SBHD: 3 Suisses sells affordable work by world-famous designers to seven million people in France. Howard Rombough finds out how and why
The best-selling, glossiest, smartest design magazine in France appears just twice a year and weighs almost two kilos. Inside its splashy colour pages, the latest furniture and objects from name designers such as Andre Putman, Philippe Starck and Marc Newson are previewed, along with the work of lesser known, anonymous creators. With a circulation of seven million, the publication can be found in one third of French homes. It’s called 3 Suisses, and has nothing to do with Switzerland, nor is it really a magazine. It’s a phenomenally successful mail-order catalogue with a conscience.
Started in 1932 by textile manufacturer Xavier Toulemonde, 3 Suisses developed rapidly after the Second World War as a women’s and men’s fashion catalogue. Household objects later joined the parade of silk dresses, cotton long-johns and accessories. Today non-fashion items make up half the catalogue; 20 per cent of these are furniture and designer objects. Starck, who first appeared in the 1984 catalogue, is the group’s pet. The latest fanfare in the autumn catalogue was the Maison Starck: for Ffr4990 (Ãº625) the French can buy the building plans to the two-storey wood house lived in by the French design guru himself.
Such stunning, forward-thinking projects are what keep 3 Suisses ahead of the game. Whatever it touches – from undies to a clever expandable chest of drawers designed by Jean-Paul Gaultier – the group follows the same design philosophy. According to vice-president Daniel Richard, 3 Suisses has three broad concerns: accessibility, design and the planet.
The tripartite mandate particularly concerns the company’s work with furniture designers. The first point, accessibility, is achieved by the simple but impressive fact that the catalogue, available by subscription and on the news-stand for Ffr39 (Ãº4.75), is read by millions of people. It also means that the clothes, objects and furniture must be affordable for the mass public.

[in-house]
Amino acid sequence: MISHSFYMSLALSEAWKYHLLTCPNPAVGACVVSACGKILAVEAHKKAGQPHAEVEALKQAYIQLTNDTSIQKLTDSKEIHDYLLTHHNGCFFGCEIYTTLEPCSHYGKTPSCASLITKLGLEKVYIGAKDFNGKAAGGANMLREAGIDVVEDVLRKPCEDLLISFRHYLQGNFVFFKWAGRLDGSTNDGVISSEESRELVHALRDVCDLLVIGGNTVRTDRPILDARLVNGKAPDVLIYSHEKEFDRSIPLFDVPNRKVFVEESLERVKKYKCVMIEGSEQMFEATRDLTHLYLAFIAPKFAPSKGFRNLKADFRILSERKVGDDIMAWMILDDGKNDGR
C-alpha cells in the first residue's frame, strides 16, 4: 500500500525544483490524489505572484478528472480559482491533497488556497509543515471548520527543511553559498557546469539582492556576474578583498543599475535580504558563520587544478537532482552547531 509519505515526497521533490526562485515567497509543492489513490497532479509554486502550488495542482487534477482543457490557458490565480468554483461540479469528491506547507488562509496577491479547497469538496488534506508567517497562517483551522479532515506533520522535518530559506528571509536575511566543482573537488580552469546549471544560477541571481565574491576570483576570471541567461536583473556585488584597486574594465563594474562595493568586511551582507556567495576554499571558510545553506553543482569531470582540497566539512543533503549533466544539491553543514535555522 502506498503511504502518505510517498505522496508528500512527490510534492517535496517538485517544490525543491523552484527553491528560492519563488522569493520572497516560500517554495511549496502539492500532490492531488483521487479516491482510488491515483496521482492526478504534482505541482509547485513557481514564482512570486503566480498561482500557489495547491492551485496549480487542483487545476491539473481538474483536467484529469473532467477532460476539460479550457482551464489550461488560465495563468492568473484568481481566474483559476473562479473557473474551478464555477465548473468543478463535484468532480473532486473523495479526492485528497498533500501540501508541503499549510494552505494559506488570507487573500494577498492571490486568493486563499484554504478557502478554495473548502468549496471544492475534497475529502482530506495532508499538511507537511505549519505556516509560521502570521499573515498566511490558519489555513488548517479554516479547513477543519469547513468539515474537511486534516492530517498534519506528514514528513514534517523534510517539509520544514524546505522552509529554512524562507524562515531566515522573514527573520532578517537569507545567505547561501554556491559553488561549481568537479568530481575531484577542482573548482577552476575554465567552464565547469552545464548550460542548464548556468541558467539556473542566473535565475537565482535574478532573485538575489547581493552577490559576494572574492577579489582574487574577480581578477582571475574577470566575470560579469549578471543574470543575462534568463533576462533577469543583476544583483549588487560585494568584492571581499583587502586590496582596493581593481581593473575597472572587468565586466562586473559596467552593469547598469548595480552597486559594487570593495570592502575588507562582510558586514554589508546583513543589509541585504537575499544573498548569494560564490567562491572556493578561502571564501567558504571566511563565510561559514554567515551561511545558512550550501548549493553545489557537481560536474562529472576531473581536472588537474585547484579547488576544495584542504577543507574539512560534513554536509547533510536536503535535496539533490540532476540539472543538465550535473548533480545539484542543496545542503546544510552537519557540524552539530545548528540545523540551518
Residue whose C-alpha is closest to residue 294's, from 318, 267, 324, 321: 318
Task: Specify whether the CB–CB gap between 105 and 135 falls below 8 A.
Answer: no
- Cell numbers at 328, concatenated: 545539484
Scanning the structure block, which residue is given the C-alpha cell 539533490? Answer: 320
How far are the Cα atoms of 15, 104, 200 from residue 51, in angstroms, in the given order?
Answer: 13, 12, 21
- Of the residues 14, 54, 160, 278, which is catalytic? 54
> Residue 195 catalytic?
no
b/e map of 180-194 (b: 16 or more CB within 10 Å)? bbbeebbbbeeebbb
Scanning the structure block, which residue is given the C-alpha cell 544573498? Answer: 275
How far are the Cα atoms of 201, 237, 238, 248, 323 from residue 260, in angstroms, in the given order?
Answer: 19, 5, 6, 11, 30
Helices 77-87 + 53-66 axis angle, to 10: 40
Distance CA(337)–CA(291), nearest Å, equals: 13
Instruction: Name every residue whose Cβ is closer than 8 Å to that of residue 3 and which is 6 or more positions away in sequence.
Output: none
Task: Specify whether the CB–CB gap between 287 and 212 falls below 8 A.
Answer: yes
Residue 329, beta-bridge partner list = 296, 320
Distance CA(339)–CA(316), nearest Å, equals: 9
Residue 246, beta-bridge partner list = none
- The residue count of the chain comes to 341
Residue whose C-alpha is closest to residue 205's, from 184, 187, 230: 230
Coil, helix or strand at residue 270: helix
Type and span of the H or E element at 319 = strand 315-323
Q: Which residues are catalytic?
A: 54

The design aspect is evident in the group’s continual work with well-known designers. Richard is, however, forcefully against elitist design. Elsewhere, Putman, Starck and Newson work with major manufacturers, some of which charge consumers a pretty penny for limited edition products. Not so with 3 Suisses – here the idea is quality, name design at a reasonable price. Ecologically, 3 Suisses pursues an environment-friendly policy, whether it’s the paper used for each season’s catalogues or the wood farmed for a shelving unit.
“Designers and creators we like can make their designs accessible to seven million clients – which isn’t to say that they will sell seven million products, but that they can present their products under the buying conditions which are possible for all those people,” Richard explains.
Once it meant selling an Issey Miyake ensemble (bag, dress, swimsuit) for Ffr300 (Ãº36.60) at a time when boutiques sold the Japanese fashion designer’s pieces for up to Ffr4000 (Ãº490)
“We’re not going to put the designer in a position where his things are inaccessible. For example, we’re not selling the Maison Starck for Ffr5 000 000 (Ãº625 000). If the designer isn’t interested in working within these boundaries, then we won’t do the operation. This isn’t to say that we make a discount of an oeuvre. The designer makes an original creation for us, a particular product which must authentically concern the maximum of our readers.”
The all-time 3 Suisses best-seller is Starck’s multi-usage stool called Bubu. Selling at Ffr199 (Ãº25) for a pair, the rigid PVC Bubu is a simplification of an African seat. Available in different colours, people use them for everything from foot-stools to plant-stands. Richard himself has eight in his office, stacked high like a totem pole. More than 100 000 have been sold. Starck’s famous square-box metal ashtray first appeared in the 3 Suisses catalogue, as did his Mister Bliss black backless chair with knee-support.
Some designers refuse to work with 3 Suisses either because they prefer to remain “elitist” or because they are prohibited by their financiers.
A diplomatic Richard declines to name names, yet does state his position: “We believe the financiers, who are not marketing experts, are completely wrong. An enormous number of fashion designers have sold in our catalogue – Miyake, Popy Moreni, Azzedine Alaia, AgnÃ¤s B – and in household objects, Putman, Starck, Gaultier, Gae Aulenti. Objectively, no-one can show us that appearing in our catalogue affected his or her image. On the contrary, to use a media form with a circulation of seven million gives an important notoriety. And even if your company sells in an elitist manner (which I don’t personally like), it needs popular notoriety at its base to do it.